“VC Brain”—Dissecting Investor Behavior

Why do so many Venture Capitalists act like assholes? They don’t respond to your email, even though they promised to. When they do, it’s incredibly terse and lacking in punctuation and capitalization (turns out, they only like one type of “capitalization”, the one that sits on tables). Sometimes they ghost you. If you pitch them, they might be very rude. I’ve an investor put his feet up on a table and start browsing his phone—straight out of Silicon Valley. Sometimes they don’t even show up for scheduled meetings.

In reality, some VCs are assholes. But many are not. I’ve been on both sides of the fundraising table, as both an angel investor and as an entrepreneur (usually I’m the entrepreneur, and so I identify more as such). I have many friends who are VCs of all shapes and sizes. Most of them are really nice, down-to-earth people. For a select few, that carries over into their work. But for the majority, interacting with them as VCs exposes you to their “VC Brain”.

Why do reasonably nice, down-to-earth people act like assholes, even if they are not? I think there are a few reasons. It’s not just that they are “busy” (that is definitely part of it, but when a VC and an entrepreneur interact, I’d argue the entrepreneur is probably just as busy as the VC). The very life and social interactions a VC is exposed to trigger some sort of change to their brain.

Balance of Power

VCs have entrepreneurs vying to get in front of them, to pitch them. Then the pitch itself is an attempt to get the VC to give them money. And if they do invest, they become a shareholder and possibly a board member, advising (but also supervising) the business. So VCs are usually in a favorable position when it comes to balance of power.

Of course, every VC occasionally gets exposed to a deal that’s so hot that the balance of power is inverted, and they are the ones that have to jump through hoops to get into the deal. And of course, VCs go through a period where they are fundraising themselves from Limited Partners. But that happens every few years, and the switch turns off again pretty quickly and the favorable position is restored.

Power affects your brain (some studies have indicated that power can even cause brain damage). So constant micro-interactions where you have the upper hand cause you to lose empathy, and to normalize the state where you have the upper hand and can act with perceived impunity.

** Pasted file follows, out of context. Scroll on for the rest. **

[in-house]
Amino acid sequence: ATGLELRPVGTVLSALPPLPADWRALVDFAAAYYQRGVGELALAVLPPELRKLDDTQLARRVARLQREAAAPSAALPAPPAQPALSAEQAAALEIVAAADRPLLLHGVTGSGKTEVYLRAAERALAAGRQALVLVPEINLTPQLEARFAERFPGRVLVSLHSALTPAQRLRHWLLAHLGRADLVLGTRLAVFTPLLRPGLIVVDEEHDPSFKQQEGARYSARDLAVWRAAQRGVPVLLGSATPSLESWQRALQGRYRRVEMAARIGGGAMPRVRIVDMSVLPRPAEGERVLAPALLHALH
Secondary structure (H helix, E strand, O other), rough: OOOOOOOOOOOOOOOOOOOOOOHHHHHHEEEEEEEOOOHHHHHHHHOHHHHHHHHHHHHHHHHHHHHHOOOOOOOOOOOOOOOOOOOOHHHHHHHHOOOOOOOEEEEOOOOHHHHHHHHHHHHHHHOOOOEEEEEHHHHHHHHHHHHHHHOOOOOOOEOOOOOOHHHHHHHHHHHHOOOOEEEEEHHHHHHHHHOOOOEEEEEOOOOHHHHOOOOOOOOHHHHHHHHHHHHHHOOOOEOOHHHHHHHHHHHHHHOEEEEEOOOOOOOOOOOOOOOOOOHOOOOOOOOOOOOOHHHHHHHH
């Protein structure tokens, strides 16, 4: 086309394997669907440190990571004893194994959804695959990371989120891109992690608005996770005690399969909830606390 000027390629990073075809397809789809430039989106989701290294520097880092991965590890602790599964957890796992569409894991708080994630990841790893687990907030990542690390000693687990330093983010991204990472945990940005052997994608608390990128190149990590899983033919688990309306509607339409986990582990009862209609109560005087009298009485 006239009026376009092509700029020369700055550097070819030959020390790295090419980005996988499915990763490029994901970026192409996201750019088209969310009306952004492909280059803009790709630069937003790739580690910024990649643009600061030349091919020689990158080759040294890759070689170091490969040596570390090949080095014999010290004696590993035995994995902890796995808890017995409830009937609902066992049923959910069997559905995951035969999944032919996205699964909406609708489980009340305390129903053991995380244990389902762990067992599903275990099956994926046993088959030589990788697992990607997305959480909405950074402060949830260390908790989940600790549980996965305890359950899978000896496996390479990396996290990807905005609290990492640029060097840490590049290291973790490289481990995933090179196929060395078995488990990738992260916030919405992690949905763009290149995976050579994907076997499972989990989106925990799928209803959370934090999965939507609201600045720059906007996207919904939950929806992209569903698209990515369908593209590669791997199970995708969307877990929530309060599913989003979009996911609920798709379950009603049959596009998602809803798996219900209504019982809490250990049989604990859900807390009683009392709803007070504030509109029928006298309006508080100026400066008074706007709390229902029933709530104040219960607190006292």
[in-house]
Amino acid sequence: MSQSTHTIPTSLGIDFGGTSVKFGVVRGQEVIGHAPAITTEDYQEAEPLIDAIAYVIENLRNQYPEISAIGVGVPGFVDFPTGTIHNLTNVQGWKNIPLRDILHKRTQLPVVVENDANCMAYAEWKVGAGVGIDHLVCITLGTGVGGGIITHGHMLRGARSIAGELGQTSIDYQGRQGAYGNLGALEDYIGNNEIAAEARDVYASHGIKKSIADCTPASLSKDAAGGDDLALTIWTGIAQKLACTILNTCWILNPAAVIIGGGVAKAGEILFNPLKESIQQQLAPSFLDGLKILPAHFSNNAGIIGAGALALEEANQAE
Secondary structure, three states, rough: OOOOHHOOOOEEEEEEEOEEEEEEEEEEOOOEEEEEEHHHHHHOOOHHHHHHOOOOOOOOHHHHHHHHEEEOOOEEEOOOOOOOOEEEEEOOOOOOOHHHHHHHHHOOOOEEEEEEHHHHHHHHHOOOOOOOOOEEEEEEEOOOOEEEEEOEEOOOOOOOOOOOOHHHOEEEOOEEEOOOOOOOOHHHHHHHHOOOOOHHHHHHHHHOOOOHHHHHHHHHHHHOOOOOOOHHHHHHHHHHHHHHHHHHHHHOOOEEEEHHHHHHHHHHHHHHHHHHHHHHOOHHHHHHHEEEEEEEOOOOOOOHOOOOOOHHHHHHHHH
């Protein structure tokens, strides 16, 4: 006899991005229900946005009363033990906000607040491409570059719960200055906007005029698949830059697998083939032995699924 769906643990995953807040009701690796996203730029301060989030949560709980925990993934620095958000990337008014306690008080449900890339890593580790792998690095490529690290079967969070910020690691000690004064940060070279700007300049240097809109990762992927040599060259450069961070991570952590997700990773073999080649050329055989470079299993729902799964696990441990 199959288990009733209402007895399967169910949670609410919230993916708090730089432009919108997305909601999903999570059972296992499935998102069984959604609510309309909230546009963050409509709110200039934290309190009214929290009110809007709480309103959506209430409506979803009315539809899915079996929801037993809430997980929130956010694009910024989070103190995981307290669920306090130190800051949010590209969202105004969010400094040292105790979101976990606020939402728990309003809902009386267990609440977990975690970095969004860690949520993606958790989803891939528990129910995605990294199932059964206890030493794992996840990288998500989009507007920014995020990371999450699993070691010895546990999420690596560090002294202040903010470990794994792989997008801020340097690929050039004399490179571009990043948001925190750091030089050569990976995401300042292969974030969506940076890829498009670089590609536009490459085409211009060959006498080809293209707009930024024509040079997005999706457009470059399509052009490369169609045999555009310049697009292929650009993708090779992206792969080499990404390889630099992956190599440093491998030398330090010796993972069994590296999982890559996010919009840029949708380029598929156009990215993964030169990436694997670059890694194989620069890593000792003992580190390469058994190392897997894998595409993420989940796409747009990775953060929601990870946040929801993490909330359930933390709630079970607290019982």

Context Switching

Another thing that can alter your brain’s biology is frequent context switching. In fact, some studies have shown that the affect can be worse than that of marijuana.

A VCs typical day might include the following:

  • A constant barrage of emails, texts, and tweets.
  • Listening to pitches from entrepreneurs.
  • Doing diligence / conducting reference calls.
  • Corresponding with lawyers.
  • Talking to portfolio companies to get updates and/or help with whatever issue they’re dealing with.
  • Buying sweater vests.

This goes beyond just being busy. We’re all busy. Entrepreneurs are busy as hell, and honestly, we context switch too. But even when we context switch, we usually have a singular goal—making our business successful. VCs are switching between very different tasks.

Transactional Social Interactions

Venture Capital is a relationship business. VCs build relationships with other investors, entrepreneurs, and talent. Many of these relationships can be very deep and long-term.

But day-to-day, VCs also have a lot of more shallow, transactional interactions (see context switching above). This “social context switching” also takes a toll, because it normalizes these types of interactions. And so these interactions might seem shallow or abrupt to you, but they might be a lot more normal for a VC.


We all procrastinate, but we tend to do it more when a task makes us uncomfortable. When I’m on the investing side of things, I dread having to send rejection emails to entrepreneurs, because I know how it feels to get those. So it’s all too easy to put it off. You come up with narratives to justify it, of course. You tell yourself “I want to write a thoughtful email, but that will take time, so I’ll find time later”. The end result is procrastination.

More Empathy

You might read this and think that I’m a VC apologist. Or you might read it and feel like I’m over-generalizing VCs and being critical of them. I don’t know.

But I think a little empathy goes a long way, for both investors and entrepreneurs. Entrepreneurs can do better when interacting with VCs if they are more aware of the world VCs live in. In general, entrepreneurs (myself included) can also be very defensive and insecure about our “babies”, and we can get overly sensitive to any behavior that seems dismissive or disrespectful. We can build thicker skin by understanding that it’s not personal, and not always coming from a place of disrespect.

And, of course, VCs can also do right by entrepreneurs by understanding the types of behaviors they are prone to that might come across negatively. No matter what your day-to-day looks like, a little thoughtfulness and empathy will go a long way. There’s a bare minimum here that can go a long way. Respond to people in a timely manner, even if you’re not interested. Show up for meetings when you schedule them. Be aware that people have poured their blood, sweat, and tears into their businesses. Remind yourself, periodically, of what it’s like to be on the other side of the table.

One thought on ““VC Brain”—Dissecting Investor Behavior

  1. This is great. Empathy goes a long way to understand the position of those on the other side of the table. This goes for interviewing & hiring processes as well and so many other situations entrepreneurs deal with.


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